Abstract: Two women awaken from a drugged sleep to find themselves imprisoned in a broken-down property in the middle of a desert. Strangers to each other, they have no idea where they are or how they came to be there with eight other girls, forced to wear strange uniforms, their heads shaved, guarded by two inept yet vicious armed jailers and a 'nurse'. The girls all have something in common, but what is it? What crime has brought them here from the city? Who is the mysterious security company responsible for this desolate place with its brutal rules, its total isolation from the contemporary world? Doing hard labour under a sweltering sun, the prisoners soon learn what links them: in each girl's past is a sexual scandal with a powerful man. They pray for rescue - but when the food starts running out it becomes clear that the jailers have also become the jailed. The girls can only rescue themselves.

Watchmaker of Filigree Street

The Watchmaker of Filigree Street by Natasha Pulley

In 1883, Thaniel Steepleton returns to his tiny flat to find a gold pocketwatch on his pillow. But he has worse fears than generous burglars; he is a telegraphist at the Home Office, which has just received a threat for what could be the largest-scale Fenian bombing in history. When the watch saves Thaniel's life in a blast that destroys Scotland Yard, he goes in search of its maker, Keita Mori - a kind, lonely immigrant who sweeps him into a new world of clockwork and music. Although Mori seems harmless at first, a chain of unexpected slips soon proves that he must be hiding something. Meanwhile, Grace Carrow is sneaking into an Oxford library dressed as a man. A theoretical physicist, she is desperate to prove the existence of the luminiferous ether before her mother can force her to marry. As the lives of these three characters become entwined, events spiral out of control until Thaniel is torn between loyalties, futures and opposing geniuses. 

A little bit gay Steam Punk and a tad Gaiman-esque, The Watchmaker of Filligree Street transports you out of your time zone into another place, a place where gas lamps hiss and horses hooves clip clop through the snowy cobbled streets of London.  Along with Irish bombings and a Gilbert and Sulivan operetta taking place on a Japanese set built in Hyde Park, we have an incongruous but none-the-less intriguing mix of characters who combine science, clairvoyance, fireworks, and whirlygigs of cogs and diamonds inside the captivating Katsu, a random clockwork, sock-stealing octopus. 

It's very hard to describe this book, it is beguiling; so much wafts around like Mori's clockwork fireflies and tiny birds, so maybe that will be the trigger for you to pick it up and indulge in its mellifluous lines.  Despite bombings and the stodgy constabulary wielding truncheons thither and yon, this is a slow and gentle read, just lovely within its atmospheric setting. The 'whodunnit' toward the end is my only letdown, but the finish more than made up for it.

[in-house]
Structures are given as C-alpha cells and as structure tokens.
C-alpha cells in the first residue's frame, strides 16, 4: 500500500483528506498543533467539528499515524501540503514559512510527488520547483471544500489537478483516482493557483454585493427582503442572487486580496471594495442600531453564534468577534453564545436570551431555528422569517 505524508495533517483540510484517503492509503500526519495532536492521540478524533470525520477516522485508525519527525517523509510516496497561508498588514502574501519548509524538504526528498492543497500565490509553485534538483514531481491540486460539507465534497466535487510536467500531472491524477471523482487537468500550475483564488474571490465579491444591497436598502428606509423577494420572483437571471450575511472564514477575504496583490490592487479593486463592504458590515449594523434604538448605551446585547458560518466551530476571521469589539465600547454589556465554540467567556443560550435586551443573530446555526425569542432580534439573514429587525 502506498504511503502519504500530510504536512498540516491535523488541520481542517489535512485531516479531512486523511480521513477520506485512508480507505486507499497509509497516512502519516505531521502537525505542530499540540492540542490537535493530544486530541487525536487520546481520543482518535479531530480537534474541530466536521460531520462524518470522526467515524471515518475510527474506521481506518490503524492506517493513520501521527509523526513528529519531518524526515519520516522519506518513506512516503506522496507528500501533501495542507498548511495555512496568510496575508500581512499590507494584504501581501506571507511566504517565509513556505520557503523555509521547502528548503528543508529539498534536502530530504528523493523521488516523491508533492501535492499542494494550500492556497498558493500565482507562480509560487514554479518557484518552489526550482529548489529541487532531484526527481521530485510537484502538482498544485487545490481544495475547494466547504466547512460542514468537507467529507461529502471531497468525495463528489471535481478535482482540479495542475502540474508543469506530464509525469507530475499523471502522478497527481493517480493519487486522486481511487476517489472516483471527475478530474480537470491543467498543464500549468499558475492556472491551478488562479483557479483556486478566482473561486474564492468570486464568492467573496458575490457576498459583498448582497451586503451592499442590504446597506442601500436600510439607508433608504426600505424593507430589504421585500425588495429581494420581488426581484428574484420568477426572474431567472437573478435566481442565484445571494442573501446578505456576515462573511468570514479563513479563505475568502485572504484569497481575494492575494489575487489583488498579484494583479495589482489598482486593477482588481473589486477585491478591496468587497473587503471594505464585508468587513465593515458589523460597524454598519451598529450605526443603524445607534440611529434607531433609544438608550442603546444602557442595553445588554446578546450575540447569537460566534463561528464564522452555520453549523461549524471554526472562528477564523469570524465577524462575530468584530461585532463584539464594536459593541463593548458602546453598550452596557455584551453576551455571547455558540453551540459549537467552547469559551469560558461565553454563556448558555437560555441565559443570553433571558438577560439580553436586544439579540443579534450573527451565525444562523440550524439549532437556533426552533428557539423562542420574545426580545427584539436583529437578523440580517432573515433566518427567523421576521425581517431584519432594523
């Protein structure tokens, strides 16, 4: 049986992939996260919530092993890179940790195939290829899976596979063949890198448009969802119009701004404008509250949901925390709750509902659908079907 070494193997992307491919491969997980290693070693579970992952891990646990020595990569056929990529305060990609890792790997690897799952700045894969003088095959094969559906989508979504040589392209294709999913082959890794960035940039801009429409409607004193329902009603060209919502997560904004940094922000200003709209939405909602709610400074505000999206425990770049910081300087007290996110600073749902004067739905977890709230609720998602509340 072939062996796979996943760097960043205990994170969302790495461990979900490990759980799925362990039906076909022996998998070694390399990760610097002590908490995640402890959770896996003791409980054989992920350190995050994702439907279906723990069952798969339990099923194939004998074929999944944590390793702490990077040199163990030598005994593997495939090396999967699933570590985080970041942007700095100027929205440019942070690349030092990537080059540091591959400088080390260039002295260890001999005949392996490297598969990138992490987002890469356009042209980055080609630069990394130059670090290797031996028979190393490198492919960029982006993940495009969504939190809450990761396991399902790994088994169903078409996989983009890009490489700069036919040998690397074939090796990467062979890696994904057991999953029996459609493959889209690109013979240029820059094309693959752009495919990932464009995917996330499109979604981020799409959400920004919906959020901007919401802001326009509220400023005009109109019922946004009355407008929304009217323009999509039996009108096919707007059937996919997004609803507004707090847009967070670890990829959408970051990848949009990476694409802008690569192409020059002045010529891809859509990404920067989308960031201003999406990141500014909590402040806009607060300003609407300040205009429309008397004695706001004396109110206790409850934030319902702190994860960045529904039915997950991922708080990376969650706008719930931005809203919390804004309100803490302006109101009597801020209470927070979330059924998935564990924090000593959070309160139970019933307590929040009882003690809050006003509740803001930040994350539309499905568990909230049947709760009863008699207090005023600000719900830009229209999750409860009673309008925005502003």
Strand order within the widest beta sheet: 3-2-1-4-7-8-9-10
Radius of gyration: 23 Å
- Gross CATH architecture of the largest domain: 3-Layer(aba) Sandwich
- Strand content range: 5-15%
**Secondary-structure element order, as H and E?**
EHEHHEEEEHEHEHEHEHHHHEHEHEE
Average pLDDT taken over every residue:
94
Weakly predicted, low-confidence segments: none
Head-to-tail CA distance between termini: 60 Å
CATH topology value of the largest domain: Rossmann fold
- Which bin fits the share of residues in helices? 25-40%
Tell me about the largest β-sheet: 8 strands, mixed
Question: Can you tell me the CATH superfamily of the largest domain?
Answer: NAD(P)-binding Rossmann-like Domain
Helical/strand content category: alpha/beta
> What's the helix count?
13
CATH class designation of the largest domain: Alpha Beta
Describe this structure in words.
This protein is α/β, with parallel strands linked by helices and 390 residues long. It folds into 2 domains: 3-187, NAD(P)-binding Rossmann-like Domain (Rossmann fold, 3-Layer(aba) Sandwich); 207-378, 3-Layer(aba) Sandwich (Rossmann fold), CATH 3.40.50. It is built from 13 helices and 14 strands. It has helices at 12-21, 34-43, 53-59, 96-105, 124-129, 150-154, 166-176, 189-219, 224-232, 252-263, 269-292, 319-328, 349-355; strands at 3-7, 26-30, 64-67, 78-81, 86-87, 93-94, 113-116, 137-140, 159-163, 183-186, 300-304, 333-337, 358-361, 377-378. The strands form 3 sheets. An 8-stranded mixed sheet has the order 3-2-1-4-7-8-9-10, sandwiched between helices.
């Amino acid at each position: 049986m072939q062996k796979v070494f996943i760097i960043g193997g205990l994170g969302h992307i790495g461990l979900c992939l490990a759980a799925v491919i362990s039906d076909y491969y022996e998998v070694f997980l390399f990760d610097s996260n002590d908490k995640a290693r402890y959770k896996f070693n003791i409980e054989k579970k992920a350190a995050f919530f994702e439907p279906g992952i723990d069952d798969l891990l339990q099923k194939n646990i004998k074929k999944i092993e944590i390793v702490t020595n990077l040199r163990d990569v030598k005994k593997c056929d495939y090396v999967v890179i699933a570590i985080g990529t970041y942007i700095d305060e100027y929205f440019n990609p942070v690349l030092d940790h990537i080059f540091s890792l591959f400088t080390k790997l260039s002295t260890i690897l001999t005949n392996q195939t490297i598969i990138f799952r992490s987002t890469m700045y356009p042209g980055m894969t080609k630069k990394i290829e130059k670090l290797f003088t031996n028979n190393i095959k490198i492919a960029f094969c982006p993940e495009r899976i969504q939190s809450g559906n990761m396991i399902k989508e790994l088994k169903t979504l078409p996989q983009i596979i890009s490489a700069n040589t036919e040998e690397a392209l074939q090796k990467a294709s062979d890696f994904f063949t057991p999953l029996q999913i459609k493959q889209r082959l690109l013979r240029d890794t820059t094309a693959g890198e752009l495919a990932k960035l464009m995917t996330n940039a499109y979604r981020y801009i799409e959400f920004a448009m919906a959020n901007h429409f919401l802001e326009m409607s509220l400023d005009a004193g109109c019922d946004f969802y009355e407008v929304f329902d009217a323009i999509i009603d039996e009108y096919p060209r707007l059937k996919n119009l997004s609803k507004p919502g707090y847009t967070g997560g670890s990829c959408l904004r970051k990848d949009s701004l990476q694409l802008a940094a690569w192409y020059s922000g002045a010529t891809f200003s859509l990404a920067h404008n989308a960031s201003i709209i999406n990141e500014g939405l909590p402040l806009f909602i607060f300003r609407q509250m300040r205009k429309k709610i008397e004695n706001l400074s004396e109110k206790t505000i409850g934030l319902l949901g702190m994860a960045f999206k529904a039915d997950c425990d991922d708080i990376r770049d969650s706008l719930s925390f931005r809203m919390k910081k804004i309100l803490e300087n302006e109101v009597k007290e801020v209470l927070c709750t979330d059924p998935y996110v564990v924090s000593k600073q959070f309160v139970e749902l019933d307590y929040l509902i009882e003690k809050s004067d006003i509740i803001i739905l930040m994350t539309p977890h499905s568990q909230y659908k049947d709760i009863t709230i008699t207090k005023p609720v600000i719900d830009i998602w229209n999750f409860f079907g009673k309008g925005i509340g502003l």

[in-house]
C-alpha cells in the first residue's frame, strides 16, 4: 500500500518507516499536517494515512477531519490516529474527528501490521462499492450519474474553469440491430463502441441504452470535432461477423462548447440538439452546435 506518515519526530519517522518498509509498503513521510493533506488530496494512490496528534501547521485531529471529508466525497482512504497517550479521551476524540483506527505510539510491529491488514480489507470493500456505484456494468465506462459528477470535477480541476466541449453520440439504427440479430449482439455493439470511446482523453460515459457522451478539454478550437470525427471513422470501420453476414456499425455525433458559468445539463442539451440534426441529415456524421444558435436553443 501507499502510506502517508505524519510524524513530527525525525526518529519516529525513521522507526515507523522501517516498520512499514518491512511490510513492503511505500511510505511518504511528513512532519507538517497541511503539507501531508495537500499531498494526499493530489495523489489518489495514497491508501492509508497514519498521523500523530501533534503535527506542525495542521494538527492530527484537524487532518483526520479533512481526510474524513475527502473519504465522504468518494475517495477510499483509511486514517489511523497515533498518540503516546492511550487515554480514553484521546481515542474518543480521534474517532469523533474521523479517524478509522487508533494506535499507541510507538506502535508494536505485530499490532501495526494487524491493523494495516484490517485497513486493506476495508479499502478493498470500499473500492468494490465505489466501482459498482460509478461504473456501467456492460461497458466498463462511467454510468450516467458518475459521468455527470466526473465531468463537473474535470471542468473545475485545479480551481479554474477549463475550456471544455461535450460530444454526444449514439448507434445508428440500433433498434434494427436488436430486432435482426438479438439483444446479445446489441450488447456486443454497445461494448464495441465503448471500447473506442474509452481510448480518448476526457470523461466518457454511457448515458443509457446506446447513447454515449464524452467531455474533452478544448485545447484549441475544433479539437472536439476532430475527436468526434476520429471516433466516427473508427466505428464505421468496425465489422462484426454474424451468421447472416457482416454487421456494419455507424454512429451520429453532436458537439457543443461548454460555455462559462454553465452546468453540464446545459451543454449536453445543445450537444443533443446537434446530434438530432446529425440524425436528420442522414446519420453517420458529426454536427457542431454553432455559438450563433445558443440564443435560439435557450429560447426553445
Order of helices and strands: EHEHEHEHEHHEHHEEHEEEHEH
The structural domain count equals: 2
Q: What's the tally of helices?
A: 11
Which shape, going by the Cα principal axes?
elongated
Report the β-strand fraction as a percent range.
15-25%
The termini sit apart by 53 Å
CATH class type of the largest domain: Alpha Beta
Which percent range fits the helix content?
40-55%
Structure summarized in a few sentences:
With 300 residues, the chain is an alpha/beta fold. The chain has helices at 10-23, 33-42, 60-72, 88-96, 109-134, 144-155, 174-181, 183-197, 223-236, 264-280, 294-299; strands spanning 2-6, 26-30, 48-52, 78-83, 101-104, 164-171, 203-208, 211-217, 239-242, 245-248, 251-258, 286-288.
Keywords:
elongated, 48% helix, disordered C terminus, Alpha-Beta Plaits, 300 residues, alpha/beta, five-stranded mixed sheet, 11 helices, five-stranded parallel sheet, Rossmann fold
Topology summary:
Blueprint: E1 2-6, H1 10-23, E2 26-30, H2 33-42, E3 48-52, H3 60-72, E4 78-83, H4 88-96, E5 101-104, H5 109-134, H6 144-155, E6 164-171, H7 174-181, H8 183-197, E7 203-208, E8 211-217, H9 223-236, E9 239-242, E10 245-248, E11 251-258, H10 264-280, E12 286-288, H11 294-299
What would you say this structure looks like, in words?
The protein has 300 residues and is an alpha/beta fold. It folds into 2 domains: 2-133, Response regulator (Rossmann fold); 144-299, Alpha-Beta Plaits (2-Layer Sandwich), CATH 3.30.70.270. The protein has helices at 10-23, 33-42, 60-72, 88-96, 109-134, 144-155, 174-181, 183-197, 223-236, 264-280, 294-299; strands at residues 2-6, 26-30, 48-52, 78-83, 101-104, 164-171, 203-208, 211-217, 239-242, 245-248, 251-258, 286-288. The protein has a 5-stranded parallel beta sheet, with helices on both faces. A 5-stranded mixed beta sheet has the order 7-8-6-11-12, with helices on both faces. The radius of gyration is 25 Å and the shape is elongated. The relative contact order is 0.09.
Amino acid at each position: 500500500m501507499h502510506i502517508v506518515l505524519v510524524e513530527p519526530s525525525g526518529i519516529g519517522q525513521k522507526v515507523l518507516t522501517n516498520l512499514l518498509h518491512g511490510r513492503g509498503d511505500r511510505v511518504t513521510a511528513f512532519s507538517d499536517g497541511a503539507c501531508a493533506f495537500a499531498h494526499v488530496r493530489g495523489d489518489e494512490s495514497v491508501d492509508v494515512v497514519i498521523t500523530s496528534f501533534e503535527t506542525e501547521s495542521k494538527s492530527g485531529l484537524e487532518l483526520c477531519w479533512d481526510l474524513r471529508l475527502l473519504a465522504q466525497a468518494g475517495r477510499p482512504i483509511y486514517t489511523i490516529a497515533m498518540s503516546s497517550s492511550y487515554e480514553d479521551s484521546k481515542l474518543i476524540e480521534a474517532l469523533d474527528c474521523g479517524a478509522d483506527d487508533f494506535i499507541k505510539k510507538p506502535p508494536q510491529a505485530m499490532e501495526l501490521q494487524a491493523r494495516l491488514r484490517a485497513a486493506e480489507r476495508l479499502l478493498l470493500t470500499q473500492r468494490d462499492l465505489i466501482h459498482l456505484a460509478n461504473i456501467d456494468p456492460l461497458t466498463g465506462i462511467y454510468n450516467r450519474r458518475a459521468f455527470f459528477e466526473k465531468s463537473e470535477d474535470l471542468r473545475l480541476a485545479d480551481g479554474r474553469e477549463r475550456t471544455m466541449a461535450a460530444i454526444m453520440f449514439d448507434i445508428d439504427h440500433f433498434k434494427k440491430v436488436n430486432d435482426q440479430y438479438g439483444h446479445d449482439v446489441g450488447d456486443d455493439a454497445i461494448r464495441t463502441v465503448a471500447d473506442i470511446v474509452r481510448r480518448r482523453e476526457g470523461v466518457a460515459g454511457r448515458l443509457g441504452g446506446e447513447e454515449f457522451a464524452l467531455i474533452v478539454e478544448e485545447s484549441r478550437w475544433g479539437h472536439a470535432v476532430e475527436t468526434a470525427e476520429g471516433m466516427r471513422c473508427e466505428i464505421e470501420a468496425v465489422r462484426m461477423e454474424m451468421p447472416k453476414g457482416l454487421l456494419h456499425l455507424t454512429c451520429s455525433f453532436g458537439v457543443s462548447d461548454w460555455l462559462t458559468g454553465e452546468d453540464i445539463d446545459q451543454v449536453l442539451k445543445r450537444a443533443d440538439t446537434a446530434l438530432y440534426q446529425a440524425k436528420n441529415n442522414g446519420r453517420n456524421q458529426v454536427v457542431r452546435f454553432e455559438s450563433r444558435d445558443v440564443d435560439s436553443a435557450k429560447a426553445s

We have this title in all formats - both print and electronic.  I downloaded the e-audiobook which was narrated perfectly by Thomas Judd.

~ Deb

People of the Book

People of the Book by Geraldine Brooks

When Hanna Heath gets a call in the middle of the night in her Sydney home about a precious medieval manuscript which has been recovered from the smouldering ruins of war-torn Sarajevo, she knows she is on the brink of the experience of a lifetime. A renowned book conservator, she must now make her way to Bosnia to start work on restoring The Sarajevo Haggadah, a Jewish prayer book -- to discover its secrets and piece together the story of its miraculous survival. But the trip will also set in motion a series of events that threaten to rock Hanna's orderly life, including her encounter with Ozren Karamen, the young librarian who risked his life to save the book.

A marvellous read for the book nerd and adventure seeker alike, with dabbles of history and a twisting narrative that will keep you enthralled from start to finish. Beautifull written, it has a very clear transition between the present and past so you don't get lost! The real story centres around the people who, over years of war, turmoil and love, create an incredible legacy encased within the dusty pages of the Sarajevo Haggadah. A great book for an inquisitive couch-lounging explorer!

~ Annie

Romance Readers Awards

The Australian Romance Readers Awards (ARRA) for books published in 2015 have been announced. The awards are handed out annually in nine categories, and each year in the run-up to the awards, ARRA members are invited to choose and vote on three, special ‘reader-selected’ awards, this year Favourite Cover, Strongest Heroine and Favourite New Australian Romance Author.

And the winners are:


Paranormal Romance — Tribal Law by Shannon Curtis
Sci-Fi, Fantasy or Futuristic Romance — Base by Cathleen Ross
Short Category Romance — Fire Me Up by Rachael Johns
Historical Romance — The Spring Bride by Anne Gracie
Contemporary Romance — The Patterson Girls by Rachael Johns
Erotic Romance — Anticipation by Sarah Mayberry
Romantic Suspense — Northern Heat by Helene Young
Continuing Romance Series — Chance Sisters series by Anne Gracie

Favourite Australian Romance author - Anne Gracie

MEMBERS’ CHOICE AWARDS

Favourite Cover — The Horse Thief by Téa Cooper
Strongest Heroine — Jane Chance in The Spring Bride by Anne Gracie
Favourite New Romance Author 2015 — Kerrie Paterson

~ Deb